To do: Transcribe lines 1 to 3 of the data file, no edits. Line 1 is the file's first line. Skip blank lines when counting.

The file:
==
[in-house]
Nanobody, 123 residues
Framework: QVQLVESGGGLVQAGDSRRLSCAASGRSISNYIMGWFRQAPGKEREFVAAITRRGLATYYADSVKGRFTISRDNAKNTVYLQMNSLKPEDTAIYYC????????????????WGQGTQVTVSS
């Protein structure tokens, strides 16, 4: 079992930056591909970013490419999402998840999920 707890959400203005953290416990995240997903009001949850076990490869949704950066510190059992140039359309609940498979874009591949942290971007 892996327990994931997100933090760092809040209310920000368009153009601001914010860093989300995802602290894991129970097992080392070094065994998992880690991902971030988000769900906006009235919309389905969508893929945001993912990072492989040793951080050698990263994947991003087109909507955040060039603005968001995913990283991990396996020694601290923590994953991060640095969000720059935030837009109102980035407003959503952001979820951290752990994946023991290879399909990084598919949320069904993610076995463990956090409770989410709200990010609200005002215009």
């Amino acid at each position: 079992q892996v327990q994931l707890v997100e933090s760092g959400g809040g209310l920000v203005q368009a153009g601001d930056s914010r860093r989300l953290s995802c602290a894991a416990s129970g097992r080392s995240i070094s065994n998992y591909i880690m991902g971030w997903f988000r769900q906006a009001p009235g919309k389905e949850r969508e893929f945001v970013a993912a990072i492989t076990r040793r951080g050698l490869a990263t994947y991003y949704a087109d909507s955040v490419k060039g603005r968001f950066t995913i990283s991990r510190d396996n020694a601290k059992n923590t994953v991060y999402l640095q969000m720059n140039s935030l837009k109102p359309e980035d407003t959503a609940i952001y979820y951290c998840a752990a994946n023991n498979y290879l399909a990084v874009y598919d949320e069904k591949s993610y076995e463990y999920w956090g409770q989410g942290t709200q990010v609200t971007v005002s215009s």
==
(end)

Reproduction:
[in-house]
Nanobody, 123 residues
Framework: QVQLVESGGGLVQAGDSRRLSCAASGRSISNYIMGWFRQAPGKEREFVAAITRRGLATYYADSVKGRFTISRDNAKNTVYLQMNSLKPEDTAIYYC????????????????WGQGTQVTVSS